Eta’s moisture spurs heavy rain and devastating flooding in North Carolina
In the Carolinas and Virginia, tropical moisture streaming north ahead of Eta interacted with a cold front to generate widespread high-end flash flooding, with pockets of up to 6 to 8 inches having fallen. The heaviest rain had fallen in two swaths: from north of Greenville, S.C., and west of Charlotte to near Lynchburg, Va., and from near Lumberton to Rocky Mount, N.C., with a few spots likely seeing double-digit totals.
Nearly three dozen people were rescued from floodwaters at the Hiddenite Family Campground in Mooresville, N.C., less than 30 miles northwest of Charlotte. Three people were confirmed dead. Two adults and an infant remained missing Thursday evening.
Another person was killed nearby in a vehicle when it was overcome by floodwaters.
The area was placed under a rare flash flood emergency, the National Weather Service urging residents to “move to higher ground now!” and adding “this is an extremely dangerous and life-threatening situation.”
A child also drowned while playing close to floodwaters near Raleigh, N.C., while two people died in a crash on the Wilkesboro Highway north of Charlotte. The crash was blamed on speed and wet roadways, though neither occupant of the vehicle was wearing a seatbelt.
Charlotte picked up over three inches of rain just two hours’ time Thursday morning, part of the same band of torrential downpours that triggered serious flash flooding in the Carolina Piedmont. The Queen City had seen five inches by Thursday afternoon. It was the fourth wettest calendar day ever recorded in Charlotte.
Amber Roberts, a reporter at FOX46 in Charlotte, was reporting live from Alexander County when a section of the roadway just feet away collapsed into roaring floodwaters.
In Chatham, Va., emergency management reported 20 to 30 roads closed across town. Heavy rain continued to fall Thursday morning across southern and central Virginia.
The National Weather Service highlighted a moderate risk of flash flooding from northeast South Carolina through eastern North Carolina on Thursday.
Tracking Tropical Storm Eta
At 4 p.m. on Thursday afternoon, Eta’s center was paralleling the Georgia coast about 115 miles south-southeast of Charleston, S.C.. Winds had decreased to near 40 mph, with breezy conditions and a few strong gusts expected in coastal Georgia and parts of South Carolina.
Tropical storm force winds were observed Thursday morning as Eta crossed the northern Florida peninsula. A weather station in St. Augustine, on the Atlantic side, reported sustained 38 mph winds with a gust to 44 mph around sunrise when Eta’s core blew through. The storm officially made landfall near Cedar Key, Fla., around 4:20 a.m. Thursday with 50 mph winds,
Doppler radar showed all rain had come to an end in Florida and Georgia. Meteorologists referred to the lopsided system as a “halficane,” since the majority of precipitation was east of the center and offshore. Dry air entrained into Eta’s western half eroded away the rain bands but hadn’t put a damper on gusty winds and ocean surge.
The storm dropped 2.1 inches of rain in Tampa and 7.89 inches at the Sarasota-Bradenton International Airport.
As Eta pushed ashore, it generated a storm surge of 2.8 feet in Cedar Key, Fla., overnight but had subsided to 1.8 feet Thursday morning. The roughly three-foot surge in Clearwater, Fla., on the northern reaches of Tampa Bay, had also come down to barely a foot. A 3.3-foot spike in water levels was noted at Port Manatee in Tampa Bay, while a gauge in East Bay near downtown Tampa saw a 4.2-foot spike.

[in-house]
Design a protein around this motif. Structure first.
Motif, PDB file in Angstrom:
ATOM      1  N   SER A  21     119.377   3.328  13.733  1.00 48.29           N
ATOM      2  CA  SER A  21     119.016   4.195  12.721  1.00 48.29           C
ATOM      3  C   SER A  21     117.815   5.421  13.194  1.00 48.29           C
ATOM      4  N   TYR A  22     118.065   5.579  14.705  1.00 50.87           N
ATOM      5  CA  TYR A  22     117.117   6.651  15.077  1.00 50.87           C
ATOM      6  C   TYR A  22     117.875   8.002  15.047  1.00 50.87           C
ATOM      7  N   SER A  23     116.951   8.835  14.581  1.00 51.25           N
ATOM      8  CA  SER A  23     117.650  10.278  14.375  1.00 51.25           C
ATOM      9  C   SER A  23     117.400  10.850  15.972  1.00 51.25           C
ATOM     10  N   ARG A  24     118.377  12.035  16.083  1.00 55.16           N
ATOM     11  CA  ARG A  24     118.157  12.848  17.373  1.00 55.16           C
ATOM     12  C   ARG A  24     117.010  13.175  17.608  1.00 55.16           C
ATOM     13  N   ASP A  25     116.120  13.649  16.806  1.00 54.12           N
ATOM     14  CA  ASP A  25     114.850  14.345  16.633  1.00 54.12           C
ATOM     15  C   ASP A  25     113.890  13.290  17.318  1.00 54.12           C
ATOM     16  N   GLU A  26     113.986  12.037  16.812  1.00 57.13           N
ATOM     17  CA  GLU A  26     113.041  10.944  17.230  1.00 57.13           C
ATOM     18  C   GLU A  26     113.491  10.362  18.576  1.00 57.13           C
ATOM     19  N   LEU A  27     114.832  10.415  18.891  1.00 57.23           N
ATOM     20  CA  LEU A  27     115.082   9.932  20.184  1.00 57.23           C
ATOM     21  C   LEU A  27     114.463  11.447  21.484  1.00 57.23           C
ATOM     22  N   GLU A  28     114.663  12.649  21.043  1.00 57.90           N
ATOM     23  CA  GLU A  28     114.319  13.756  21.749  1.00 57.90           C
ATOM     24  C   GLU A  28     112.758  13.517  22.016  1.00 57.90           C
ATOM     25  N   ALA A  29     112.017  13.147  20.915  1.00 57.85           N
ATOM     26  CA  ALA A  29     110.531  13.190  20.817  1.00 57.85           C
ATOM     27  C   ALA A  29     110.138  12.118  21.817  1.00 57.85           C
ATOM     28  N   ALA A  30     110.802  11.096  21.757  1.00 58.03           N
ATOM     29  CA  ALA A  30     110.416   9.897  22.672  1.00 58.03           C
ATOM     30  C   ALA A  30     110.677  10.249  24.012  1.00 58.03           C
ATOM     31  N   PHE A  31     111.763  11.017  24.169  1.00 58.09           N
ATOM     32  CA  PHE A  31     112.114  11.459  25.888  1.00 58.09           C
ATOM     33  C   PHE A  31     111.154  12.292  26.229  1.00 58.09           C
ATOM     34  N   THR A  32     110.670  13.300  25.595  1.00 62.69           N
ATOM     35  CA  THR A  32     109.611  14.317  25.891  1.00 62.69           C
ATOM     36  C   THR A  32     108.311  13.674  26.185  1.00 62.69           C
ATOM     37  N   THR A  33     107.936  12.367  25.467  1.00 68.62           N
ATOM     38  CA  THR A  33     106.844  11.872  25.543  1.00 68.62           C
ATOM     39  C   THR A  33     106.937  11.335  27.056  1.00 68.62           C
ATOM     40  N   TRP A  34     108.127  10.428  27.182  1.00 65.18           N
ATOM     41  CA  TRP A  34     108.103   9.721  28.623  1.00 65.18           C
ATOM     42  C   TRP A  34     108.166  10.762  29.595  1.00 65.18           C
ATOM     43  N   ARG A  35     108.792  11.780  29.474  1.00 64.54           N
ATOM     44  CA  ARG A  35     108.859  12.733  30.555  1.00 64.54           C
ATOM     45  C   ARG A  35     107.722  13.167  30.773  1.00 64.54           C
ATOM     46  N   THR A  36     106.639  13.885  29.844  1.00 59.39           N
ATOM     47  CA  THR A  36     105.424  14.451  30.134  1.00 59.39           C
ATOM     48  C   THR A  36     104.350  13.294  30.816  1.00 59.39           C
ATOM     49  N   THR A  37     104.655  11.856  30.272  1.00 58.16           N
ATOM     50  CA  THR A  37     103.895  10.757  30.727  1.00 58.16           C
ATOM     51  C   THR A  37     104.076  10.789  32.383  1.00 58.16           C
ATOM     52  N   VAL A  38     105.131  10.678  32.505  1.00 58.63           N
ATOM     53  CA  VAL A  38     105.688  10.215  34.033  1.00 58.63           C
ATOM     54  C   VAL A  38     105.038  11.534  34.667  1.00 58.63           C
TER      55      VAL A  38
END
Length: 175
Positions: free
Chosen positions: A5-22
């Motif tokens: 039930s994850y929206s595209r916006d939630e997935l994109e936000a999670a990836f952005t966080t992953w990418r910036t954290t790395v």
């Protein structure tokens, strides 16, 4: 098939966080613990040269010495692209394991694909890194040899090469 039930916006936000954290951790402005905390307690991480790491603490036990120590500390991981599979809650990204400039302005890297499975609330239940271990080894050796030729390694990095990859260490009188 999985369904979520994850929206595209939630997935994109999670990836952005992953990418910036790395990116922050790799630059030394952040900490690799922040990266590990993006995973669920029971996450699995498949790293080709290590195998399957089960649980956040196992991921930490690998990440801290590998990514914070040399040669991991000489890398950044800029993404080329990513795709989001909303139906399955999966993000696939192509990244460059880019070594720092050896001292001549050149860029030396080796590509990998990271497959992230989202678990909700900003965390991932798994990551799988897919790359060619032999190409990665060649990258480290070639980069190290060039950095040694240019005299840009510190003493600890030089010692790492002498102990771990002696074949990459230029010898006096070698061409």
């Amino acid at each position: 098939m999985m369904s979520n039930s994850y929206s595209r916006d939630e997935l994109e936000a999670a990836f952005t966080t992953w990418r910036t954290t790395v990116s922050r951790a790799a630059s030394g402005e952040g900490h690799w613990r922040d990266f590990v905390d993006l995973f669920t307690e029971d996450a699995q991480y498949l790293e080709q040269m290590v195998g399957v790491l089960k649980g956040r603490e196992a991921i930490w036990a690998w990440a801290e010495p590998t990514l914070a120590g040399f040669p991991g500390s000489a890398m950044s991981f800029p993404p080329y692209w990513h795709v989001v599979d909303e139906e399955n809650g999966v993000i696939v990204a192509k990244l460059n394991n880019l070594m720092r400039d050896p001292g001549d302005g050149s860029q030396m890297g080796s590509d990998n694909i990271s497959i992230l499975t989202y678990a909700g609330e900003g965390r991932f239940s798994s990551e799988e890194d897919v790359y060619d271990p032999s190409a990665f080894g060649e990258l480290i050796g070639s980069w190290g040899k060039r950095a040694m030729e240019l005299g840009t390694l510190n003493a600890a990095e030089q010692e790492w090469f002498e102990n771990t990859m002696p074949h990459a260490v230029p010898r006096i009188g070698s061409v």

Shoreside homes and even a few businesses were inundated by the surging seas, illustrating the danger a tropical storm can pose near the coast even if it’s not a hurricane.
Where Eta has company in the Atlantic
Eta will next swiftly move over the open Atlantic parallel to the Carolinas before being swallowed by an ocean storm this weekend, spelling an end to its seemingly relentless tour of damage and destruction.
Eta tied a record when it became the 28th named storm of the 2020 hurricane season, more than two and a half times the seasonal average of a dozen storms.
Eta will be remembered for its disastrous flooding, both in Central America and the United States. Feet of rain fell in the high terrain of Nicaragua, Honduras and Guatemala last week as the once Category 4 storm unleashed torrential moisture. After regaining energy and crossing the Caribbean, Eta brought “life-threatening flooding” to South Florida, upward of 16 inches of rain falling west of Fort Lauderdale. Streets turned into rivers in the nonstop deluge.
Tropical storm or hurricane watches or warnings have covered 99.6 percent of the Lower 48′s Atlantic coastline this season, the most expansive seasonal coverage of tropical weather alerts on record. Fewer than 100 miles of coastline in Florida’s Big Bend, coincidentally where Category 5 Michael hit in 2018, have escaped.
The tropics have yet to simmer. Tropical Storm Theta continues to swirl in the eastern Atlantic northwest of the Azores as a 65 mph storm. It could brush Portugal’s Madeira Island early next week.
Meanwhile, yet another system bore watching in the eastern Caribbean, where a tropical wave will probably develop into Tropical Storm Iota in the days ahead. The National Hurricane Center estimates a 90 percent chance of the fledgling storm becoming organized. Heavy rains were already falling in Puerto Rico and Hispaniola as the system got its act together.
Looking ahead, incipient Iota — which will mark the season’s record-shattering 30th named storm — should continue on a westward track through the Caribbean. With ample warm sea-surface temperatures and favorable wind dynamics, it could strengthen into a hurricane before it impacts Central America, including regions hard hit by Eta, early next week.
Jason Samenow contributed to this article.